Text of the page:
Stack Overflow is a community of 4.7 million programmers, just like you, helping each other.

Join them; it only takes a minute:

Sign up
Join the Stack Overflow community to:
  1. Ask programming questions
  2. Answer and help your peers
  3. Get recognized for your expertise

Given the following code:

namespace sample
    class a { }

    class b : a { }

    public class wrapper<T> { }

    class test
        void test1()
            wrapper<a> y = new wrapper<b>();
            //Error 11  Cannot implicitly convert type 'sample.wrapper<sample.b>' to 'sample.wrapper<sample.a>' 

Logically speaking, a since b is a, a wrapper<b> is a wrapper<a>. Then why I can't make this conversion, or how can I make it?


share|improve this question
probably because b is a child of a. What happens if you say wrapper<b> y = new wrapper<a>;? – FlorisPrijt Dec 11 '12 at 12:49
@FlorisPrijt I get the same error. – LMB Dec 11 '12 at 12:51
b is a but wrapper<b> is not necessarily wrapper<a>. – Tim Schmelter Dec 11 '12 at 12:51
@TimSchmelter Why? – LMB Dec 11 '12 at 12:53
Take a look at this:… – SWeko Dec 11 '12 at 13:00
up vote 3 down vote accepted

since b is a, a wrapper<b> is a wrapper<a>

Well, this is not true for .NET generic classes, they can't be co-variant. You can achieve something similar using interface covariance:

class a { }
class b : a { }

public interface Iwrapper<out T> { }
public class wrapper<T> : Iwrapper<T> {}

class test
    void test1()
        Iwrapper<a> y = new wrapper<b>();
share|improve this answer
Thanks! I think this will do! – LMB Dec 11 '12 at 13:04

This is a matter of covariance.

Class b is an a, but wrapper<b> is not a wrapper<a>.

You can use C# 4's covariance syntax to allow it like so:

public interface IWrapper<out T> { ... }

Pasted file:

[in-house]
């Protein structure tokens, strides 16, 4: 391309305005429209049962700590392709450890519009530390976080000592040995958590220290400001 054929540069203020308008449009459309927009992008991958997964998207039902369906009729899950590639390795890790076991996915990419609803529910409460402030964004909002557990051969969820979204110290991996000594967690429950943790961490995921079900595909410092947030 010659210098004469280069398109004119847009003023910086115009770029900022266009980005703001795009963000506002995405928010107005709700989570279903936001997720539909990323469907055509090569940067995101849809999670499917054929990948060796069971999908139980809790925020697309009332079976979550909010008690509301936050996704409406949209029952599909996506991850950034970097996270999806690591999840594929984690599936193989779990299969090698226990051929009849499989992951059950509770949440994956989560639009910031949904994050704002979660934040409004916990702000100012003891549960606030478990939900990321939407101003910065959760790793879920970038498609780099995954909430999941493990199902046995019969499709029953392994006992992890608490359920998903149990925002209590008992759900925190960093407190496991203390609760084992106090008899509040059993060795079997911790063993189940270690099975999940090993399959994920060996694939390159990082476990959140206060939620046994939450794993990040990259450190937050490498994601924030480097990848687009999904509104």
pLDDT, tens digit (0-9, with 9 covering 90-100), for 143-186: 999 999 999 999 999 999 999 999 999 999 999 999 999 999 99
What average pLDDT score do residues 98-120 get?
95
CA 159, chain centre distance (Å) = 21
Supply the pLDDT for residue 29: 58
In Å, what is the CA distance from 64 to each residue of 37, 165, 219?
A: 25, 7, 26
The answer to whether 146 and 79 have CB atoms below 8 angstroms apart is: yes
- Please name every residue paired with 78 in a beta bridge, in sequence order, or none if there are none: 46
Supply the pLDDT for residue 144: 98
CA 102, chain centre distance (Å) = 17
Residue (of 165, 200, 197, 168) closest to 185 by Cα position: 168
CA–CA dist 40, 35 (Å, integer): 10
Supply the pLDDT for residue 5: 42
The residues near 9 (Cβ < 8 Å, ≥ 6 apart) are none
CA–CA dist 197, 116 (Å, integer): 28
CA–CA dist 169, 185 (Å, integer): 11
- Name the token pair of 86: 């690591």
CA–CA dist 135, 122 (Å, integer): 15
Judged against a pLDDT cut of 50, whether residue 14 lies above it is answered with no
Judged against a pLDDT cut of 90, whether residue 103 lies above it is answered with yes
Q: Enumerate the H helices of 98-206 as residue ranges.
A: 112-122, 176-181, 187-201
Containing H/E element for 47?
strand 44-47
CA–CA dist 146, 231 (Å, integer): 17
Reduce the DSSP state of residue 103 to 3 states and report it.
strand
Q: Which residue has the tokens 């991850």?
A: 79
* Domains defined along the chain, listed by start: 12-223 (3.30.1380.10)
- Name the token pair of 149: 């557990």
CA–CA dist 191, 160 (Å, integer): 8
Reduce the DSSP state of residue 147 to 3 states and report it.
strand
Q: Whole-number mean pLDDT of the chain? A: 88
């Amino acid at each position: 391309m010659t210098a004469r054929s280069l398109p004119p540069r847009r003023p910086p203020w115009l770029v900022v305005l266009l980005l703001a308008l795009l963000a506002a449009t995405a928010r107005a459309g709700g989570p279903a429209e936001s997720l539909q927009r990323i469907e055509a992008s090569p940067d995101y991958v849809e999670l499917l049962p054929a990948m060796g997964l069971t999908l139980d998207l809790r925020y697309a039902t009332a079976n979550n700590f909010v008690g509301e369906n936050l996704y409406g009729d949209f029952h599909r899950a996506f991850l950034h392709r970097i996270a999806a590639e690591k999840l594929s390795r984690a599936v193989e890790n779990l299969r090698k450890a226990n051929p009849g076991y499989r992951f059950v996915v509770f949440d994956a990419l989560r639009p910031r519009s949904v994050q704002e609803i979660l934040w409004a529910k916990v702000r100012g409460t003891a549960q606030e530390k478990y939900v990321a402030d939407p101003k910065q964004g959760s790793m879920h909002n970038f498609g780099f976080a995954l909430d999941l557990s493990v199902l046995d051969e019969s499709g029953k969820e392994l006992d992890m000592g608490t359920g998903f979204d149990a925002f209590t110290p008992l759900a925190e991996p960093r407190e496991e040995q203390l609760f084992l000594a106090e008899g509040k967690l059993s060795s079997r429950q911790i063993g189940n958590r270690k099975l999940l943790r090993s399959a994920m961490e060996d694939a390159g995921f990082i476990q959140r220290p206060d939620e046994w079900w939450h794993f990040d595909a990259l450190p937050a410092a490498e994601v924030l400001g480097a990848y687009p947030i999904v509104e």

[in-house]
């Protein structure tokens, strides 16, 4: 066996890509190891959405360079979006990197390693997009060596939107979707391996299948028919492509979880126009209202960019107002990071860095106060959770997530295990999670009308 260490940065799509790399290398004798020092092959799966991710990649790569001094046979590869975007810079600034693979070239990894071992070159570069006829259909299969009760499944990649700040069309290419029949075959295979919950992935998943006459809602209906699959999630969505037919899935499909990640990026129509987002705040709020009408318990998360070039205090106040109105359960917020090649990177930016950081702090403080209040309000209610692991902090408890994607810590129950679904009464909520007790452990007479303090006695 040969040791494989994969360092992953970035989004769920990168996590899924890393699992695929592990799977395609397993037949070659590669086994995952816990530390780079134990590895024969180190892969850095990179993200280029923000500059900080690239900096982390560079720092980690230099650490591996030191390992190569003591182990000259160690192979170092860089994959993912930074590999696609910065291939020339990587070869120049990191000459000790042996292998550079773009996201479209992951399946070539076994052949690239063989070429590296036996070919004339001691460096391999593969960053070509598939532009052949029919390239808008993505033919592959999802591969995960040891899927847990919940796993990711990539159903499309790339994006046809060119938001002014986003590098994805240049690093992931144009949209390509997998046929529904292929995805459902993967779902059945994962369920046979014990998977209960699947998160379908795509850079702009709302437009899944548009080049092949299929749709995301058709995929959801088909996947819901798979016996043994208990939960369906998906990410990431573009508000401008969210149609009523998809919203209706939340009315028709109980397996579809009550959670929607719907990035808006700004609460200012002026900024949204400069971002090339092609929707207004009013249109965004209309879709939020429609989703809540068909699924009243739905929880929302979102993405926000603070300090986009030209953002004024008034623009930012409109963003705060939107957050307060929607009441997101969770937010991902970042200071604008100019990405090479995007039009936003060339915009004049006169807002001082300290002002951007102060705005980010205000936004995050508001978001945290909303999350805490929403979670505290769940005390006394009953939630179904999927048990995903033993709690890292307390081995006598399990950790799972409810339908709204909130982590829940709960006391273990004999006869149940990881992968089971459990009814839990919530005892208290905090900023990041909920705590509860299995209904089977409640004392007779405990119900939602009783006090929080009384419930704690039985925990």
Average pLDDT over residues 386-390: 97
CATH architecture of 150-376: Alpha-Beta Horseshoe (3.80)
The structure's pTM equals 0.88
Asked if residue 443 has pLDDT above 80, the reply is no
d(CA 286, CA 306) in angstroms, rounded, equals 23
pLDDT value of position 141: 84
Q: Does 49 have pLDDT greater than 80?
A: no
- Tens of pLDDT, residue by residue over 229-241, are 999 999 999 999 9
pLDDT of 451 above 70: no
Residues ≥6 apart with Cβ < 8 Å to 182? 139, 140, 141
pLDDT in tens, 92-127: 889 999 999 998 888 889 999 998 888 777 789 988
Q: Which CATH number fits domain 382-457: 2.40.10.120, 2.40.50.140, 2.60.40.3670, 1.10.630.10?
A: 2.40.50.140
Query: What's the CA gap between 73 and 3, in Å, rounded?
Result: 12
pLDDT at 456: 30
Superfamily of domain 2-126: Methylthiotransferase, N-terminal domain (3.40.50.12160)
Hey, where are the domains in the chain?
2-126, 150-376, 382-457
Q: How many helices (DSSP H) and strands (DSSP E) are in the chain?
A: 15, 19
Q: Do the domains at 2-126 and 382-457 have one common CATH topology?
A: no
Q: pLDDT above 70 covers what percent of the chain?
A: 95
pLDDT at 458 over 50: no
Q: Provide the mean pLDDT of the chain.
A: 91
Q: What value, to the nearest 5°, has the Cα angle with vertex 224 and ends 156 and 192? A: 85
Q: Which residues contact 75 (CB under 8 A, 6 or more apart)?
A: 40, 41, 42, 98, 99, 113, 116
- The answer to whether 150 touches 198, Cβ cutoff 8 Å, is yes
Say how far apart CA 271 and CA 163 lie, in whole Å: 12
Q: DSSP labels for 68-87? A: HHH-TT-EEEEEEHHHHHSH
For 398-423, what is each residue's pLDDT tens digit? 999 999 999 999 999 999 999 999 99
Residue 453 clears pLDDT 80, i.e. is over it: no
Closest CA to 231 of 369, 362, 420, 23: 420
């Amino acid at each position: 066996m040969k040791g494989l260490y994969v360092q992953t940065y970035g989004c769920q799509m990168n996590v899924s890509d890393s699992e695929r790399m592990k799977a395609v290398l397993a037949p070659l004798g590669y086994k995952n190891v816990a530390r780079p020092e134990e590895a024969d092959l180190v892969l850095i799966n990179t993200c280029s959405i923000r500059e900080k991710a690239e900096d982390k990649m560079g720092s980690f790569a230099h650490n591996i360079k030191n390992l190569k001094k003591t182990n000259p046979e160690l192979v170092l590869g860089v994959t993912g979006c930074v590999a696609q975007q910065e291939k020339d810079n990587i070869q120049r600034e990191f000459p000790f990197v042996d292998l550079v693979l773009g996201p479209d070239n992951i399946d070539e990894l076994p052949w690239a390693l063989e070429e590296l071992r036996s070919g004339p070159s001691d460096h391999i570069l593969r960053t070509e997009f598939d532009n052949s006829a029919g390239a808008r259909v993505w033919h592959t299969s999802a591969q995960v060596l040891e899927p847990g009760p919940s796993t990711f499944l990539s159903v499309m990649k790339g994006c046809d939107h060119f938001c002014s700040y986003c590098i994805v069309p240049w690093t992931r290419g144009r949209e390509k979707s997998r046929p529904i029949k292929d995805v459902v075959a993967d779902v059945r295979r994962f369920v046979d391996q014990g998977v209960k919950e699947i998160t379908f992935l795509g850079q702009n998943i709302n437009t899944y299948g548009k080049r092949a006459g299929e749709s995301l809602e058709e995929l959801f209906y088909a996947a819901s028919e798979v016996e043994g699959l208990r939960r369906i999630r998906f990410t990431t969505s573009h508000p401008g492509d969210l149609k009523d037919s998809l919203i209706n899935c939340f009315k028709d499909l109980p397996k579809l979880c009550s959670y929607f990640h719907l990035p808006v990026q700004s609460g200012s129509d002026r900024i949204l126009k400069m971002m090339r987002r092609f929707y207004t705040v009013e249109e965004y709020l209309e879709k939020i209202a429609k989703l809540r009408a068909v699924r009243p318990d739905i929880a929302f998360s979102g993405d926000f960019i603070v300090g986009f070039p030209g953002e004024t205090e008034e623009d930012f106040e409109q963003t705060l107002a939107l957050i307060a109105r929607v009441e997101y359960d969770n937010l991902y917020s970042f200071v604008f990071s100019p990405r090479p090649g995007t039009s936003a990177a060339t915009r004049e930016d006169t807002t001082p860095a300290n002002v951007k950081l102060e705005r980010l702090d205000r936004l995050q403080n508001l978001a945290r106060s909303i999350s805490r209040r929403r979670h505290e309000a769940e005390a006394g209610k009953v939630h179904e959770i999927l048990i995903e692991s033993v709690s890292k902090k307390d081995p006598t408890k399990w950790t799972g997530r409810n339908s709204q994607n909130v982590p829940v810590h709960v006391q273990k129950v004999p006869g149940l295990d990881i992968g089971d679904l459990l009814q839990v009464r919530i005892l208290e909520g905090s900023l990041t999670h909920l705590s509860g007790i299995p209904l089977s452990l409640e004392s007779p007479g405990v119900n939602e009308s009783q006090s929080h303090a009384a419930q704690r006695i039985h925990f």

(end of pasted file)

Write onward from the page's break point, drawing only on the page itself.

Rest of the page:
public class Wrapper<T> : IWrapper<T> { ... }

This will instruct the CLR to see Wrapper<B> as a Wrapper<A>.

(For the record: C# has capitalization conventions; class names are Pascal-cased).

share|improve this answer
Unfortunately, covariance is about interfaces and delegates only. – Dennis Dec 11 '12 at 12:55
Thanks for your help. I know and use the conventions, just in this project it was convenient to drop them, because I use reflection to generate statements in javascript. – LMB Dec 11 '12 at 13:02
@Dennis: right, I'll update the answer. – Roy Dictus Dec 11 '12 at 13:07

Lets do a scenario. Lets call the class a Mammal, the class b Dog, and lets say that the wrapper<T> class is List<T>

See what happens in this code

List<Dog> dogs = new List<Dog>();  //create a list of dogs
List<Mammal> mammals = dogs;   //reference it as a list of mammals

Cat tabby = new Cat();
mammals.Add(tabby)   // adds a cat to a list of dogs (!!?!)

Dog woofer = dogs.First(); //returns our tabby
woofer.Bark();  // and now we have a cat that speaks foreign languages

(Paraphrase of my answer on How to store base class children in a dictionary?)

share|improve this answer
I'm trying to do Dogs to Mammals, not Mammals to Dogs. My question is why Dogs to Mammals is not allowed! Actually, there's no problem in adding a Cat to a List of Mammals, since Mammals is not required to be the same instance of Dogs. But casting Mammals to Dogs or Cats is clearly impossible. – LMB Dec 11 '12 at 13:12
If we were able to cast dogs to mammals, we are then able to add a cat to the list, and via the dogs reference, to get it out of the collection as a dog. I've modified the example, I hope is clearer now. – SWeko Dec 11 '12 at 13:21
There's no need to Mammals being the same instance of Dogs after the conversion. For example, you can convert a String to a Char[] then modify the chars without modifying the string. You can cast DateTime to String, then change the string without changing the date. – LMB Dec 11 '12 at 13:25
Those are value types (or have value type semantics). When using references, the dogs and the mammals lists are the same exact list, just referenced twice. If you would like to copy the dogs to a list of mammals, the C# compiler is perfectly happy with that. The code List<Mammal> mammals = new List<Mammal>(dogs); works as expected. – SWeko Dec 11 '12 at 13:30
As matter of fact. Using Arrays instead of Lists, your example will compile and run, throwing a Exception when you try to add a Cat to Mammals. – LMB Dec 11 '12 at 13:31

Your Answer


By posting your answer, you agree to the privacy policy and terms of service.

Not the answer you're looking for? Browse other questions tagged or ask your own question.